Noradrenergic Modulation Determines Respiratory Network Activity During Temperature Changes in the in vitro Brainstem of Bullfrogs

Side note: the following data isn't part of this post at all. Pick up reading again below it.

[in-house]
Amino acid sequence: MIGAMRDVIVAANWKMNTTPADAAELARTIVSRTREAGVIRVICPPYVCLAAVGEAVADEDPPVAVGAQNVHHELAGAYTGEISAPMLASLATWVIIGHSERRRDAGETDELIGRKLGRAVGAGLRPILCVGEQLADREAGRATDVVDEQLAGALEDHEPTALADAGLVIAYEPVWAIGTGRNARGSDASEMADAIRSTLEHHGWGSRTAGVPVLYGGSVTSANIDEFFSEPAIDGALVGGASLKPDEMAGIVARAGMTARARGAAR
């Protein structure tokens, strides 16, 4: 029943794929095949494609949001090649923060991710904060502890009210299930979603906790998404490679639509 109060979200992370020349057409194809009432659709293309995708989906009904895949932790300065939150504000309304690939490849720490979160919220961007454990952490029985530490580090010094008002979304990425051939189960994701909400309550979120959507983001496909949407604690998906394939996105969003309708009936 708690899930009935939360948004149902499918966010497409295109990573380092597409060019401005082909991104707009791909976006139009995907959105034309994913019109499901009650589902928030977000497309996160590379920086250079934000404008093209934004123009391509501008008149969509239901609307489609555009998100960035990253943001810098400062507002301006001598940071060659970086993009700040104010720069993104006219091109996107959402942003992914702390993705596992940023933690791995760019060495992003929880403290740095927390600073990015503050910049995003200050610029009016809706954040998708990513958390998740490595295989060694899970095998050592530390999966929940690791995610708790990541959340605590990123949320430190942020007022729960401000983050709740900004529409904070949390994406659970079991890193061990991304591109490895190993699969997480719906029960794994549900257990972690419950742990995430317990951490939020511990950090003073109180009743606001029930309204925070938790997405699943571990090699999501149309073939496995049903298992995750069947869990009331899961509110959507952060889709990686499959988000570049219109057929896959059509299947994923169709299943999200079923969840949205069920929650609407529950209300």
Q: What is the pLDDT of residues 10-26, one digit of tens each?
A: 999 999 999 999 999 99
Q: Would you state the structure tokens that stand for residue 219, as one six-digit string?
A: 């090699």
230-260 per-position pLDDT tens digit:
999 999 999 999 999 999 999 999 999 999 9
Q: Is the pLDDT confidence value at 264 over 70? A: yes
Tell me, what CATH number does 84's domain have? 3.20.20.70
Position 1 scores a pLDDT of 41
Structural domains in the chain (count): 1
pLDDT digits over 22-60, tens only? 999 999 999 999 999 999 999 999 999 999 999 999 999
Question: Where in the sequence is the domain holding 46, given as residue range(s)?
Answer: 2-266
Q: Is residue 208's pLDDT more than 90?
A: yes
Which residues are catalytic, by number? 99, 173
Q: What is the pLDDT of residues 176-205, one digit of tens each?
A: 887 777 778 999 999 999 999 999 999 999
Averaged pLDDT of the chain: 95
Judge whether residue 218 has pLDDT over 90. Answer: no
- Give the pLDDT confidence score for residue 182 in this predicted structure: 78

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Among vertebrate ectotherms, air breathing frequency is generally constrained across warmer temperatures, but decreases during cooling. The brainstem mechanisms that give rise to this ventilatory strategy are unclear. Neuromodulation has recently been shown to stabilize motor circuit output across temperatures. Therefore, we tested the hypothesis that an important neuromodulatory system in respiratory control network, norepinephrine, produces this pattern of respiratory motor activity across temperatures. To this end, we used in vitro brainstem-spinal cord preparations from adult bullfrogs, Lithobates catesbeianus, to assess the role of noradrenergic signaling in shaping the frequency response of the respiratory network during temperature changes. We identified that noradrenergic signaling through the α1 adrenergic receptor constrains motor output from the respiratory network across warm temperatures. In contrast, the α2 adrenergic receptor actively inhibits respiratory motor output during cooling. These results indicate that noradrenergic tuning, rather than passive thermal responses, produces temperature responses of the respiratory circuits.



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